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Biden rules

From NBC's Domenico Montanaro
Vice President Joe Biden
could play a bigger role when it comes to the health-care process going forward than most people previously understood.

Former Senate parliamentarian of 37 years Robert Dove said on MSNBC's The Daily Rundown that the vice president, who also functions as the president of the Senate, can override the parliamentarian when it comes to what qualifies under reconciliation.

"The parliamentarian only can advise," Dove said. "It is the vice president who rules."

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It is widely understood that the parliamentarian would rule whether or not items under reconciliation are germaine to the budget. It wasn't always the case that items under reconciliation had to pertain to the budget. But it had been used so often to defeat filibusters, Dove said, that in the 1980s Sen. Robert Byrd (D-WV) instituted a the budget rule. It is now known as the Byrd Rule. The parliamentarian currently is Alan Frumin.

Not since Hubert Humphrey, Dove said, has there been a vice president played such a powerful role. But as NBC's Chuck Todd, who co-hosts the show, pointed out, perhaps not since Humphrey has the U.S. seen a vice president as comfortable with the rules of the Senate as Biden. 

"That's why I brought this up," Dove said. "Yes. Humphrey had been the majority whip. He had been in the Senate since 1948. He felt very comfortable playing an important role. And it's quite possible that Vice President Biden [would]."

On the use of reconciliation, Dove said that it "has been used a lot. I would never use the term illegitimate when it comes to reconciliation. ... It has been used for very large, major bills. It is a way of getting around the problem of the Senate filibuster."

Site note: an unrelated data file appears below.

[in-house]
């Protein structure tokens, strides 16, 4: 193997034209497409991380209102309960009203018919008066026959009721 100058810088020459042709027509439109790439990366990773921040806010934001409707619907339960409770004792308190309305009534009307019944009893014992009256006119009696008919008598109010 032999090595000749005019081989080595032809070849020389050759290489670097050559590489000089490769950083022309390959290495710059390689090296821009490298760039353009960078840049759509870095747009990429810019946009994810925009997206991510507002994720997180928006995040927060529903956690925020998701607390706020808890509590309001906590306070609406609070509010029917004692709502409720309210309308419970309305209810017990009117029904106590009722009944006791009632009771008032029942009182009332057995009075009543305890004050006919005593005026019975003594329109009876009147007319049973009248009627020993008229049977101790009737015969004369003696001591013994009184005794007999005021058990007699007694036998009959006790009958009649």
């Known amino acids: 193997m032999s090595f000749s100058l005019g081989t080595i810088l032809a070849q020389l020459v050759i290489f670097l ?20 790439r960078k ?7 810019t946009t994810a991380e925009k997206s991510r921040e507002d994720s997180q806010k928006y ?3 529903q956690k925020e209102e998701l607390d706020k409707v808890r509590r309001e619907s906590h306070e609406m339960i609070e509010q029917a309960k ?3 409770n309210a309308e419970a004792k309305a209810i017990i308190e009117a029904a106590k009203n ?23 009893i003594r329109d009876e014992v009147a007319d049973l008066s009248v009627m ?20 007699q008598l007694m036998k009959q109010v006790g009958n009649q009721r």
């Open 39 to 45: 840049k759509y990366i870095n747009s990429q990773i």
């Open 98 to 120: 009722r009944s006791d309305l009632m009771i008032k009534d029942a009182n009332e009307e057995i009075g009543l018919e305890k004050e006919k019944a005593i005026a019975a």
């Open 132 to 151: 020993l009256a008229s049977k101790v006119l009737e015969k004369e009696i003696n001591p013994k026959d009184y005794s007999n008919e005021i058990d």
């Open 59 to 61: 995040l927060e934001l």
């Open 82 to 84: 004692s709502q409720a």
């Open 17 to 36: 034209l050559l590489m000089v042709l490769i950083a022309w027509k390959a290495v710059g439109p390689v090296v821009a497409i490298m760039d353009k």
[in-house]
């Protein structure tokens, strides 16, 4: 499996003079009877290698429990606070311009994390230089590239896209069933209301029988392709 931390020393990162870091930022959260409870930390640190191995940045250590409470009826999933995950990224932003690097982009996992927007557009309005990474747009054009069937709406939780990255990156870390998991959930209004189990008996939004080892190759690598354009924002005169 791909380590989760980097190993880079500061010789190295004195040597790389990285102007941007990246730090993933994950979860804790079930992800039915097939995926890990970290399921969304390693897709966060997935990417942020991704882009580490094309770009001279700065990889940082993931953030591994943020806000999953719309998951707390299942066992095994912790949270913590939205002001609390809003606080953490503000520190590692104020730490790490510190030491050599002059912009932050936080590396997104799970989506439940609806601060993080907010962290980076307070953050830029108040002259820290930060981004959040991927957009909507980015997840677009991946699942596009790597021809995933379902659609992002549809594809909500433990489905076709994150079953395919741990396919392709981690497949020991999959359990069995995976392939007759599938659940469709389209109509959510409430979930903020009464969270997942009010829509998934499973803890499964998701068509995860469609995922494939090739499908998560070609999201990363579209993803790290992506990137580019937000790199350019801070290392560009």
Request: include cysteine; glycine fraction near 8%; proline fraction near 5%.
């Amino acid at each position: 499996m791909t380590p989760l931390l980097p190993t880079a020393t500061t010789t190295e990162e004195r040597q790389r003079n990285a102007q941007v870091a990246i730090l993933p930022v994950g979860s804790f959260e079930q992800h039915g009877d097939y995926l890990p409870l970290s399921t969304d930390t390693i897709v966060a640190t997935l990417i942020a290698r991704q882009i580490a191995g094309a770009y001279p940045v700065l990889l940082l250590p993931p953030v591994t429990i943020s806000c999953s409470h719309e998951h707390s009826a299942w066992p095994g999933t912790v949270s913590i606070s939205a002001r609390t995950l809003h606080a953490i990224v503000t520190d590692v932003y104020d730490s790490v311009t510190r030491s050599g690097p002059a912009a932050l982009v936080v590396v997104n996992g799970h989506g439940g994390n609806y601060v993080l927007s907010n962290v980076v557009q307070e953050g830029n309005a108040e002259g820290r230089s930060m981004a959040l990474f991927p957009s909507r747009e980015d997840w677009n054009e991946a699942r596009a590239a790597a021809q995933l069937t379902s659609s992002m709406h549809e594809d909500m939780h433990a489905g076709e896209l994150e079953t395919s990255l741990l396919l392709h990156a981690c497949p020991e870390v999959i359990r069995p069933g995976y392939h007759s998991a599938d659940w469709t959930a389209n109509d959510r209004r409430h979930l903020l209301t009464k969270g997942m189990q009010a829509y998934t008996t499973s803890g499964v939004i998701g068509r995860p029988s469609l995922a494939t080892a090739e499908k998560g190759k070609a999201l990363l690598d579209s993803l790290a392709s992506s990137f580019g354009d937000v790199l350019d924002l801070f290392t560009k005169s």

Some of the "fixes" Democrats would like to pass, however, might not be available because of the Byrd Rule. And it's not cut and dry what would qualify.

For example, Dove said, in 1995, under a large reconciliation bill, one item was not allowing any federal funding for abortions. While the item did score by the Congressional Budget Office and would have saved the government money, Dove disallowed it, because he found that the intent of its inclusion wasn't a budgetary one, but for policy.

Here's a transcript of the exchange:

ROBERT DOVE: Ultimately, it's the vice president of the United States, but I can tell you I have...

CHUCK TODD: Wait a minute, explain that.

SAVANNAH GUTHRIE: Yeah, what does that mean?

DOVE: It is the decision of the vice president whether or not to play a role here.

TODD: He can play president of the Senate.

DOVE: Absolutely. And I have seen vice presidents play that role in other, very important situations. Hubert Humphrey...

GUTHRIE: So the vice president could overrule the parliamentarian?

DOVE: Oh, absolutely. The parliamentarian only can advise. It is the vice president who rules. But I will say that not since Hubert Humphrey have I seen a vice president try to play that kind of role in the Senate.

TODD: But not since Hubert Humphrey have we had a vice president this familiar with Senate rules as this vice president in Joe Biden.

DOVE: That's why I brought this up. Yes. Humphrey had been the majority whip. He had been in the Senate since 1948.

TODD: He knew that place.

DOVE: He felt very comfortable playing an important role. And it's quite possible that Vice President Biden...